N.Korea nuclear talks resume amid optimism
Updated: 2007-02-08 12:42
International talks on North
Korea's nuclear program convene Thursday amid a new sense of optimism about the
possibility of the first tangible progress on North Korea's disarmament since
negotiations began more than three years ago.
North Korea's negotiator for the
six-party talks Kim Kye-gwan speaks to the media after arriving in
Beijing's airport February 8, 2007. Six-party talks aimed at dismantling
North Korea's nuclear programme resume in Beijing on Thursday with the top
US envoy denying a Japanese media report that North Korea had signed a
deal with Washington. [Reuters]
main US envoy said he senses "there is a real desire to have progress" on the
part of the North Koreans in talks aimed at dismantling Pyongyang's nuclear
prepared to discuss first-stage measures," the North's nuclear envoy Kim Kye
Gwan said on arriving in Beijing for the six-nation negotiations set to start
Media reports have suggested the North may agree to
freeze its main nuclear reactor and allow international inspectors in exchange
for energy aid as a starting step to disarm.
But Kim said any moves by
North Korea would be determined by the United States' attitude.
going to make a judgment based on whether the United States will give up its
hostile policy and come out toward peaceful coexistence," he said, adding that
Washington was "well-aware" of what it had to do.
"I'm not either
optimistic or pessimistic because there are still many points of confrontation
to resolve," Kim said.
Ahead of the six-nation talks, North
Korea had signaled it was satisfied with changes in the United States'
attitude, and there appeared to be a greater willingness on all sides to
compromise on issues that had deadlocked previous talks.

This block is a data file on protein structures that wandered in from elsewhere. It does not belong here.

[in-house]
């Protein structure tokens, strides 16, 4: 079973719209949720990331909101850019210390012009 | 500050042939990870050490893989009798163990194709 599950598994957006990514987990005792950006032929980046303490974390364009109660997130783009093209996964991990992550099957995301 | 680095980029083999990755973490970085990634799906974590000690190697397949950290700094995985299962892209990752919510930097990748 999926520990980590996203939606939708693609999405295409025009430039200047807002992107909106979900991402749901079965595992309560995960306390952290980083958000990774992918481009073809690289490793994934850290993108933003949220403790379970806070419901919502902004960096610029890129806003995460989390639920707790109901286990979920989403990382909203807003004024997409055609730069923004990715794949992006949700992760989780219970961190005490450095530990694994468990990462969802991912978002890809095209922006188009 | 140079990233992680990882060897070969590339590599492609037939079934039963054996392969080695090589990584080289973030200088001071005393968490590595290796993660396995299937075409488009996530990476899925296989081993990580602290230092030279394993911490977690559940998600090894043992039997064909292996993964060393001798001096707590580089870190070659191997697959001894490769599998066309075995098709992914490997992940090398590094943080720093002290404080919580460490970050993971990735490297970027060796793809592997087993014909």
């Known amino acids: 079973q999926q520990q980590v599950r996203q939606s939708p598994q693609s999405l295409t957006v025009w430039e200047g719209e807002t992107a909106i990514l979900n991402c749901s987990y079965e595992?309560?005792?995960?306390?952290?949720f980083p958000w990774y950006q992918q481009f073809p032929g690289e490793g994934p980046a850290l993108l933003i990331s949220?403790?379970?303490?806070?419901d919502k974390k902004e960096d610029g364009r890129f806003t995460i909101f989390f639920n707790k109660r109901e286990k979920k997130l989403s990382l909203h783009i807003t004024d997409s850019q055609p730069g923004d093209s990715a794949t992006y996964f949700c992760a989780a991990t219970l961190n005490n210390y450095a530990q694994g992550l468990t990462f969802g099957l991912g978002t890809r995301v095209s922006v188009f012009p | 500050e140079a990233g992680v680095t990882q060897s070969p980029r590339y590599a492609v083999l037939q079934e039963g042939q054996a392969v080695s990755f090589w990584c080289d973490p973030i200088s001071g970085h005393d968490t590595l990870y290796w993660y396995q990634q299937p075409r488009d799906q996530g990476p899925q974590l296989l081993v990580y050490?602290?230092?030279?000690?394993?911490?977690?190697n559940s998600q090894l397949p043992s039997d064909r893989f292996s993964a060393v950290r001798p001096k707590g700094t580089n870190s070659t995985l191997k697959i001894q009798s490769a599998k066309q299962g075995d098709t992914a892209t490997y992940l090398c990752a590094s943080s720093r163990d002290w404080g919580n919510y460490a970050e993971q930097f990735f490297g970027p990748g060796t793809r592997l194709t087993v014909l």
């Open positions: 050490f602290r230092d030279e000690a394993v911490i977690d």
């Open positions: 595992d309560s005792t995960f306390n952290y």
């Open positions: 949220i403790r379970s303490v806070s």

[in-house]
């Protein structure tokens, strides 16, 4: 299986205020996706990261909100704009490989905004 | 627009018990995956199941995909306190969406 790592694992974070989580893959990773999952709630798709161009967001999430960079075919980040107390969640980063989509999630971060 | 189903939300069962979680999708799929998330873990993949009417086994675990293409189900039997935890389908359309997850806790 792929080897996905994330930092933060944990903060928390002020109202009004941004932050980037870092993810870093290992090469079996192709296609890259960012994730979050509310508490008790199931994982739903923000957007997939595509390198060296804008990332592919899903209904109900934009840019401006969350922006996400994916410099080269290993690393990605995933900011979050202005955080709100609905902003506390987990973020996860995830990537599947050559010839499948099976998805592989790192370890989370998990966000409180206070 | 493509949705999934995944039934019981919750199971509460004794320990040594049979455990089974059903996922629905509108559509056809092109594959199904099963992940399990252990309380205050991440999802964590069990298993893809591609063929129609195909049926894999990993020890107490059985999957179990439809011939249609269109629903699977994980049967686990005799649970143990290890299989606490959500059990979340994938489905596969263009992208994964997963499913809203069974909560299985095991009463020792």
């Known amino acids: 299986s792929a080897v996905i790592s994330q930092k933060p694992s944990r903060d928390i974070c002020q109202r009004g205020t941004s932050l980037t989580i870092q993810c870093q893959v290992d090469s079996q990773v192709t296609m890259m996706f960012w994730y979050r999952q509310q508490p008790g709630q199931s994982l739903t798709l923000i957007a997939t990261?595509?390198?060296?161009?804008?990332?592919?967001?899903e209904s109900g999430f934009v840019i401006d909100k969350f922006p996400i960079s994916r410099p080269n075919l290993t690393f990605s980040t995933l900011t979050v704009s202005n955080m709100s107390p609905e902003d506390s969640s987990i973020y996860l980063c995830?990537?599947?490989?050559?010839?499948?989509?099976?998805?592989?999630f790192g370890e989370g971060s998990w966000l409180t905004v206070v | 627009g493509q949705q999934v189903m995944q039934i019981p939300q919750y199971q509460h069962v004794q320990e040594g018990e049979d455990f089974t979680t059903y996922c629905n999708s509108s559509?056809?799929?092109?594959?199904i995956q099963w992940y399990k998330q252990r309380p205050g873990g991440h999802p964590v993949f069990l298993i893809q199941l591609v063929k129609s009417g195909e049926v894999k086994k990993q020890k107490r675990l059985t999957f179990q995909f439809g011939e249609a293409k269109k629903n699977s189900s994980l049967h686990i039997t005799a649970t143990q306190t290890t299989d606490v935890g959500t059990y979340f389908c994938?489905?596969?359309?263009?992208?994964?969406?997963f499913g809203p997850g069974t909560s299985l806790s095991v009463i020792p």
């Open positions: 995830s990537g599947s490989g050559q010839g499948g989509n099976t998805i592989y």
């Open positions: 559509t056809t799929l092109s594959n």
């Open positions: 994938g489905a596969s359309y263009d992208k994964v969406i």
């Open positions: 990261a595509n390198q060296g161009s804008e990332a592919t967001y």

Assistant Secretary of State Christopher Hill denied a report in a Japanese
newspaper Thursday that the United States and North Korea had signed a
memorandum during bilateral talks last month agreeing that Pyongyang's first
steps toward denuclearization and US energy support would begin
"We did not sign anything," Hill told reporters, but
added he was hopeful the Beijing talks would lead to tangible progress.
"If we're successful we could get to the point where we are discussing
technical matters at working groups," he said.
Japanese envoy Kenichiro
Sasae said the main goal of the current round of talks was to make concrete
progress toward disarmament.
"We are prepared to do our utmost toward
this goal, and we strongly hope and are certain that North Korea has come
prepared to do that," Sasae said in Beijing.
The lack of progress at the
arms negotiations has raised the issue of the credibility of the talks. Since
2003, they have produced only a single agreement in September 2005 on principles
for North Korea to abandon its nuclear program in exchange for aid and pledges
that Washington won't invade North Korea.
Negotiators said it was key to
take the first steps to implement that September 2005 agreement at this week's
talks, which bring together China, Japan, Russia, the United States and the two
"When we do get a set of actions, or if we do, it will widely be
seen as a very solid positive step for the implementation of the September
agreement, with the understanding that there is no success till we implement the
full agreement," Hill said Thursday.
"So we have got a lot of work to do
today and in the coming days and probably in following meetings of the six
parties," he said.
The latest nuclear standoff with North
Korea was sparked in late 2002 after Washington accused Pyongyang of a
secret uranium enrichment program in violation of a 1994 deal between the two
countries. North Korea kicked out nuclear inspectors and restarted its main
reactor, moves that culminated in the country's first-ever test atomic
detonation in October.
Although the US, China and Russia backed UN
sanctions in the wake of the nuclear test, Washington has since engaged in a
series of diplomatic overtures that have drawn praise from Pyongyang.
That includes Hill's trip to Germany last month to meet North Korean
nuclear envoy Kim Kye Gwan. The North said after that the sides had reached an
unspecified agreement, but the specifics of what they discussed have not been
Washington has also held separate talks on financial
restrictions it has placed on a Macau-based bank where North Korea held
accounts, accusing it of complicity in the regime's alleged counterfeiting and
money laundering. Blacklisting that bank has scared off other financial
institutions from dealings with North Korea for fears of losing access to the
North Korea had earlier demanded the financial
restrictions be lifted for it to disarm, and refused to talk about anything
besides that issue at the last nuclear talks in December.
No end date
has been set for this round of talks, but Hill has said the Chinese hosts
expected the talks to last a few days and the sides would start reviewing a
draft agreement Friday.
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